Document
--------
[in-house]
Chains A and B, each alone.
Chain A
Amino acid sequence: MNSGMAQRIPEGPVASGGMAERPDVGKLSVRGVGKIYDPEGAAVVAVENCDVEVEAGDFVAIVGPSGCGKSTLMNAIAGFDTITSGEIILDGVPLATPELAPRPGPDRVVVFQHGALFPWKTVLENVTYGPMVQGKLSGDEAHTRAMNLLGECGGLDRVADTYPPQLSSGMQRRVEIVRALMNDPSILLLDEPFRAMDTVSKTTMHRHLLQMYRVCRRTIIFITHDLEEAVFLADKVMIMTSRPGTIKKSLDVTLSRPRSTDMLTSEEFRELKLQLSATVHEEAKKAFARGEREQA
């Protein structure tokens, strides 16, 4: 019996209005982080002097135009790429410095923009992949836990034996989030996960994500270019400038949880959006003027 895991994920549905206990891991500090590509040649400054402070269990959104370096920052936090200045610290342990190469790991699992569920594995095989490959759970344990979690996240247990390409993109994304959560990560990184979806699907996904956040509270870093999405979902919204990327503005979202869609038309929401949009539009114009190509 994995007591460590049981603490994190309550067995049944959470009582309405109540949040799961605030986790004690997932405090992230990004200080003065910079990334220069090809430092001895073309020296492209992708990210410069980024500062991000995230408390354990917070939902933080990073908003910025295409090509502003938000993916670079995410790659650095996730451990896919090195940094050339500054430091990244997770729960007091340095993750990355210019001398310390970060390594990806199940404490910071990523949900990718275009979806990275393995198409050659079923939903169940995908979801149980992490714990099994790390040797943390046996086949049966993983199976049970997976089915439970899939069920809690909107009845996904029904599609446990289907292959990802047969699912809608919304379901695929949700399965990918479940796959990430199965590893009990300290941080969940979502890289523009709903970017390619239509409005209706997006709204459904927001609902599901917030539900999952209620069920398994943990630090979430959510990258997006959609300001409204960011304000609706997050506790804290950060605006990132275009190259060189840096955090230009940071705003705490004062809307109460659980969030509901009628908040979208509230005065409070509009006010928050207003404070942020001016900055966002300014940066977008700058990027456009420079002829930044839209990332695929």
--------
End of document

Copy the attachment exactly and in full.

[in-house]
Chains A and B, each alone.
Chain A
Amino acid sequence: MNSGMAQRIPEGPVASGGMAERPDVGKLSVRGVGKIYDPEGAAVVAVENCDVEVEAGDFVAIVGPSGCGKSTLMNAIAGFDTITSGEIILDGVPLATPELAPRPGPDRVVVFQHGALFPWKTVLENVTYGPMVQGKLSGDEAHTRAMNLLGECGGLDRVADTYPPQLSSGMQRRVEIVRALMNDPSILLLDEPFRAMDTVSKTTMHRHLLQMYRVCRRTIIFITHDLEEAVFLADKVMIMTSRPGTIKKSLDVTLSRPRSTDMLTSEEFRELKLQLSATVHEEAKKAFARGEREQA
């Protein structure tokens, strides 16, 4: 019996209005982080002097135009790429410095923009992949836990034996989030996960994500270019400038949880959006003027 895991994920549905206990891991500090590509040649400054402070269990959104370096920052936090200045610290342990190469790991699992569920594995095989490959759970344990979690996240247990390409993109994304959560990560990184979806699907996904956040509270870093999405979902919204990327503005979202869609038309929401949009539009114009190509 994995007591460590049981603490994190309550067995049944959470009582309405109540949040799961605030986790004690997932405090992230990004200080003065910079990334220069090809430092001895073309020296492209992708990210410069980024500062991000995230408390354990917070939902933080990073908003910025295409090509502003938000993916670079995410790659650095996730451990896919090195940094050339500054430091990244997770729960007091340095993750990355210019001398310390970060390594990806199940404490910071990523949900990718275009979806990275393995198409050659079923939903169940995908979801149980992490714990099994790390040797943390046996086949049966993983199976049970997976089915439970899939069920809690909107009845996904029904599609446990289907292959990802047969699912809608919304379901695929949700399965990918479940796959990430199965590893009990300290941080969940979502890289523009709903970017390619239509409005209706997006709204459904927001609902599901917030539900999952209620069920398994943990630090979430959510990258997006959609300001409204960011304000609706997050506790804290950060605006990132275009190259060189840096955090230009940071705003705490004062809307109460659980969030509901009628908040979208509230005065409070509009006010928050207003404070942020001016900055966002300014940066977008700058990027456009420079002829930044839209990332695929």